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Honiara: Aircraft carrier USS Wasp, that had not been seen since 1942, has been spotted nearly 14,000 feet below the surface of the South Pacific.
The aircraft was sighted after remote controller research glimpsed the hull of an aircraft carrier. The sighting follows the discovery of another World War II-era shipwreck, the USS Hornet, which sank not far away, off the Solomon Islands by Research Vessel Petrel, funded by the late Microsoft founder Paul Allen.
Many other dozens of wrecks of ships that once flew the flags of the American, British, Japanese and Italian navies have also been discovered by the Petrel in recent years, CNN reported.
Consisting a crew of 10, the Petrel sits on the surface plotting the last known locations of old warships and sending robots to the depths to rediscover them.
According to the US Navy’s policy of leaving its shipwrecks untouched — considering them as the sailors’ hallowed graves — the Wasp’s hull will remain in the murky depths.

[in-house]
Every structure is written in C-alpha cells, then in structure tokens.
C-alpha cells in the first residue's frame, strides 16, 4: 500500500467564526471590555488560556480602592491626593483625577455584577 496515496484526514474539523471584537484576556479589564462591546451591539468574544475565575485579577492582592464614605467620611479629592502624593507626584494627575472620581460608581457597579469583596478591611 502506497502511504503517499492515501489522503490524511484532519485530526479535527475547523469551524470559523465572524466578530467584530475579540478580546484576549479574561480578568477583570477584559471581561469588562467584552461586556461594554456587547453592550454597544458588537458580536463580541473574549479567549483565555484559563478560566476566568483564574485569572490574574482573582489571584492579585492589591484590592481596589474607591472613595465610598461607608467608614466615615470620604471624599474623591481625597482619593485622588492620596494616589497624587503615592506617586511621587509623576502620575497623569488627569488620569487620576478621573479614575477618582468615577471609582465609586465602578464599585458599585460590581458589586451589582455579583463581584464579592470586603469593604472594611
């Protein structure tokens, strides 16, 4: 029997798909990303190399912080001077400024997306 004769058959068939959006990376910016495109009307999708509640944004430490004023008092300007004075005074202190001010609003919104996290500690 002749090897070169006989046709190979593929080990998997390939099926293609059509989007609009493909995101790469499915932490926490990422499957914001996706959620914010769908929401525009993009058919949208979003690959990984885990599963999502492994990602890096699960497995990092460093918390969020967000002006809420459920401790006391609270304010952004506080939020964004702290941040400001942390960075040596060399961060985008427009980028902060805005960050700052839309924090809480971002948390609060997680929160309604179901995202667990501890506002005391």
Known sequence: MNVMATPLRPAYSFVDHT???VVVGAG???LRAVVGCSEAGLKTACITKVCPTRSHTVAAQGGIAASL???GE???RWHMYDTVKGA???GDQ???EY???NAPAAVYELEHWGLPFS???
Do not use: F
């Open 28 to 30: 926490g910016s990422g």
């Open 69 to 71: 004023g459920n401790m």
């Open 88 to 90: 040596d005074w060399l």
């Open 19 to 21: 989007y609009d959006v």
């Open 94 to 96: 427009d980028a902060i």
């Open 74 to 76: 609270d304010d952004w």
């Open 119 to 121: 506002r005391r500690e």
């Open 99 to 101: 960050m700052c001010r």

According to a US Navy account, it was back then in April 1942 when the USS Wasp arrived to supply a badly needed contingent of dozens of warplanes to the beleaguered Allied forces at Malta. Under fire, the aircraft carrier retreated to a safe harbour in Gibraltar.
However, in September 1942, a Japanese submarine fired a number of torpedoes, two of which had hit two ships — USS O’Brien and the USS North Carolina. A few of them had struck Wasp’s hull, leading to a massive blaze. The Wasp’s impact was so severe that it did not remain afloat for long and sank thereafter.
Retired Rear Admiral Samuel Cox, who leads the US Naval History and Heritage Command, said in a statement, “Wasp represented the US Navy at the lowest point after the start of WWII.”
“Her pilots and her aircrew, with their courage and sacrifice, were the ones that held the line against the Japanese when the Japanese had superior fighter aircraft, superior torpedo planes and better torpedoes,” he added.